Still getting kmem exhausted panic

Andriy Gapon avg at
Tue Sep 28 21:31:17 UTC 2010

on 28/09/2010 21:40 Ben Kelly said the following:
> On Sep 28, 2010, at 1:17 PM, Andriy Gapon wrote:
>> on 28/09/2010 19:46 Ben Kelly said the following:
>>> Hmm.  My server is currently idle with no I/O happening:
>>> kstat.zfs.misc.arcstats.c: 25165824 kstat.zfs.misc.arcstats.c_max:
>>> 46137344 kstat.zfs.misc.arcstats.size: 91863156
>>> If what you say is true, this shouldn't happen, should it?  This system
>>> is an i386 machine with kmem max at 800M and arc set to 40M.  This is
>>> running head from April 6, 2010, so it is a bit old, though.
>> Well, your system is a bit old indeed. And the branch is unknown, so I
>> can't really see what sources you have. And I am not sure if I'll be able
>> to say anything about those sources.
> Quite old.  I've been intending to update, but haven't found the time lately.
> I'll try to do the upgrade this weekend and see if it changes anything.
>> As to the numbers - yes, with current code I'd expect arcstats.size to go
>> down to arcstats.c when there is no I/O.  arc_reclaim_thread should do
>> that.
> Thats what I thought as well, but when I debugged it a year or two ago I
> found that the buffers were still referenced and thus could not be reclaimed.
> As far as I can remember they needed a vfs/vnops like zfs_vnops_inactive or
> zfs_vnops_reclaim to be executed in order to free the reference.  What is
> responsible for making those calls?

It's time that we should start showing each other places in code :)
Because I don't think that that's how the code work.
E.g. I look at how zfs_read() calls dmu_read_uio() which calls
dmu_buf_hold_array() and dmu_buf_rele_array() around uimove() call.
>From what I see, dmu_buf_hold_array() calls dmu_buf_hold_array_by_dnode() calls
dbuf_hold() calls arc_buf_add_ref() or arc_buf_alloc().
And conversely, dmu_buf_rele_array() calls dbuf_rele() calls arc_buf_remove_ref().

So, I am quite sure that ARC buffers are held/referenced only during ongoing I/O
to or from them.

Perhaps, on the other hand, you had in mind life-cycle of other things (not ARC
buffers) that are accounted against ARC size (with type ARC_SPACE_OTHER)?
Such as e.g. dmu_buf_impl_t-s allocated in dbuf_create().
I have to admit that I haven't investigated behavior of that part of
ARC-assigned memory.  It's only a small proportion (~10%) of the whole ARC size
on my systems.

>>> At one point I had patches running on my system that triggered the
>>> pagedaemon based on arc load and it did allow me to keep my arc below the
>>> max.  Or at least I thought it did.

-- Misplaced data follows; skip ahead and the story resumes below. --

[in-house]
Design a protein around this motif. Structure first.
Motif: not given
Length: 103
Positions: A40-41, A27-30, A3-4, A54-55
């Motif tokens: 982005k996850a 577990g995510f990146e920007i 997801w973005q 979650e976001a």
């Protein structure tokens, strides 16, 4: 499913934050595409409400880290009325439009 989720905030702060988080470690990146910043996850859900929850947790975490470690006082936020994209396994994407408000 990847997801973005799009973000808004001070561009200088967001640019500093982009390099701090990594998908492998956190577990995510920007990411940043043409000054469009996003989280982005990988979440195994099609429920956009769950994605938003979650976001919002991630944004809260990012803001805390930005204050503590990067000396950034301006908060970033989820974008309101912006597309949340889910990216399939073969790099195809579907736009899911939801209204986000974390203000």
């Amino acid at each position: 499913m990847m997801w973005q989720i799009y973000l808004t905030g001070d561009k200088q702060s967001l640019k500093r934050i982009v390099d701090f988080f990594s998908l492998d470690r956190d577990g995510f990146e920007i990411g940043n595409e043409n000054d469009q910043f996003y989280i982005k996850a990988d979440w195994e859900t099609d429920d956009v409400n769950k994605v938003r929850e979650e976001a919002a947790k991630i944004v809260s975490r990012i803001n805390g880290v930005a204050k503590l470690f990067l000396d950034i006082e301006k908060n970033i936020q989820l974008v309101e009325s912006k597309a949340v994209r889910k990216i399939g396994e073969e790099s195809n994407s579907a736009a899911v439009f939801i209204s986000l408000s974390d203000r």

>>> In any case, I've never really been able to wrap my head around the VFS
>>> layer and how it interacts with zfs.  So I'm more than willing to believe
>>> I'm confused.  Any insights are greatly appreciated.
>> ARC is a ZFS private cache. ZFS doesn't use unified buffer/page cache. So
>> ARC is not directly affected by pagedaemon. But this is not exactly VFS
>> layer thing.
> Can you explain the difference in how the vfs/vnode operations are called or
> used for those two situations?

They are called exactly the same.
VFS layer and code above it are not aware of FS implementation details.

> I thought that the buffer cache was used by filesystems to implement these
> operations.  So that the buffer cache was below the vfs/vnops layer.  So

Buffer cache works as part of unified VM and its buffers use the same pages as
page cache does.

> while zfs implemented its operations in terms of the arc, things like UFS
> implemented vfs/vnops in terms of the buffer cache.  I thought the layers

Yes.  Filesystems like UFS are "sandwiched" between buffer cache and page cache,
which work in concert.  Also, they don't (have to) implement their own
buffer/page caching policies, because it's all managed by unified VM system.

On the contrary, ZFS has its own private cache.
So, first of all, its data may be cached in two places at once - page cache and
ARC.  And, because of that, some assumptions of the higher level code get
violated, so ZFS has to jump through the hoops to meet those assumptions (e.g.

> further up the chain like the page daemon did not distinguish that much
> between these two implementation due to the VFS interface layer.  (Although

Right, but see above.

> there seems to be a layering violation in that the buffer cache signals
> directly to the upper page daemon layer to trigger page reclamation.)

Umm, not sure if that is a fact.

> The old (ancient) patch I tried previously to help reduce the arc working set
> and allow it to shrink is here:
> Unfortunately, there are a couple ideas on fighting fragmentation mixed into
> that patch.  See the part about arc_reclaim_pages().  This patch did seem to
> allow my arc to stay under the target maximum even when under load that
> previously caused the system to exceed the maximum.  When I update this
> weekend I'll try a stripped down version of the patch to see if it helps or
> not with the latest zfs.
> Thanks for your help in understanding this stuff!

The patch seems good, especially the part about taking into account the kmem
fragmentation.  But it also seems to be heavily tuned towards "tiny ARC" systems
like yours, so I am not sure yet how suitable it is for "mainstream" systems.

Andriy Gapon

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